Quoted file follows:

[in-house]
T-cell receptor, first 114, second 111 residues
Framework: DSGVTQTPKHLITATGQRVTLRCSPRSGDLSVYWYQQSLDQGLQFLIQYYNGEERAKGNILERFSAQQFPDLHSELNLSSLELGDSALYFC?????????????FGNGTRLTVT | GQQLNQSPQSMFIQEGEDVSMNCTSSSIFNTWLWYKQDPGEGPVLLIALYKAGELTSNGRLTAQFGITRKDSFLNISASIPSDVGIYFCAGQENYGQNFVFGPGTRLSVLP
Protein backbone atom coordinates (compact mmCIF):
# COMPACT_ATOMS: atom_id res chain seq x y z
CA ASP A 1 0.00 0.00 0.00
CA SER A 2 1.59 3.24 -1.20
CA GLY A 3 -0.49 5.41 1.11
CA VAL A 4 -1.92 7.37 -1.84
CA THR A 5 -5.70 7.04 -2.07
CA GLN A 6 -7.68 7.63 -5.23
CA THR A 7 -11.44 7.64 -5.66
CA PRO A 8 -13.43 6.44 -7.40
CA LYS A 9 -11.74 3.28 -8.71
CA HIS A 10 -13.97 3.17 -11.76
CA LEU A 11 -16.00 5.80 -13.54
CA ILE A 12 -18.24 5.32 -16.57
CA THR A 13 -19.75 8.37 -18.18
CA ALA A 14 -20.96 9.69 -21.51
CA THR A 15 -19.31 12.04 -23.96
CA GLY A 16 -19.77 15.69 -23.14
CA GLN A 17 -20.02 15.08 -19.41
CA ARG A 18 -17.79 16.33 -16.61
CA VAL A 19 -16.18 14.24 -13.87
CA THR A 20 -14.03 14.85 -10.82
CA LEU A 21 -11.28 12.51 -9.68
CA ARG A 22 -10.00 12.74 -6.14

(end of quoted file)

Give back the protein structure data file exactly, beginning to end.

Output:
[in-house]
T-cell receptor, first 114, second 111 residues
Framework: DSGVTQTPKHLITATGQRVTLRCSPRSGDLSVYWYQQSLDQGLQFLIQYYNGEERAKGNILERFSAQQFPDLHSELNLSSLELGDSALYFC?????????????FGNGTRLTVT | GQQLNQSPQSMFIQEGEDVSMNCTSSSIFNTWLWYKQDPGEGPVLLIALYKAGELTSNGRLTAQFGITRKDSFLNISASIPSDVGIYFCAGQENYGQNFVFGPGTRLSVLP
Protein backbone atom coordinates (compact mmCIF):
# COMPACT_ATOMS: atom_id res chain seq x y z
CA ASP A 1 0.00 0.00 0.00
CA SER A 2 1.59 3.24 -1.20
CA GLY A 3 -0.49 5.41 1.11
CA VAL A 4 -1.92 7.37 -1.84
CA THR A 5 -5.70 7.04 -2.07
CA GLN A 6 -7.68 7.63 -5.23
CA THR A 7 -11.44 7.64 -5.66
CA PRO A 8 -13.43 6.44 -7.40
CA LYS A 9 -11.74 3.28 -8.71
CA HIS A 10 -13.97 3.17 -11.76
CA LEU A 11 -16.00 5.80 -13.54
CA ILE A 12 -18.24 5.32 -16.57
CA THR A 13 -19.75 8.37 -18.18
CA ALA A 14 -20.96 9.69 -21.51
CA THR A 15 -19.31 12.04 -23.96
CA GLY A 16 -19.77 15.69 -23.14
CA GLN A 17 -20.02 15.08 -19.41
CA ARG A 18 -17.79 16.33 -16.61
CA VAL A 19 -16.18 14.24 -13.87
CA THR A 20 -14.03 14.85 -10.82
CA LEU A 21 -11.28 12.51 -9.68
CA ARG A 22 -10.00 12.74 -6.14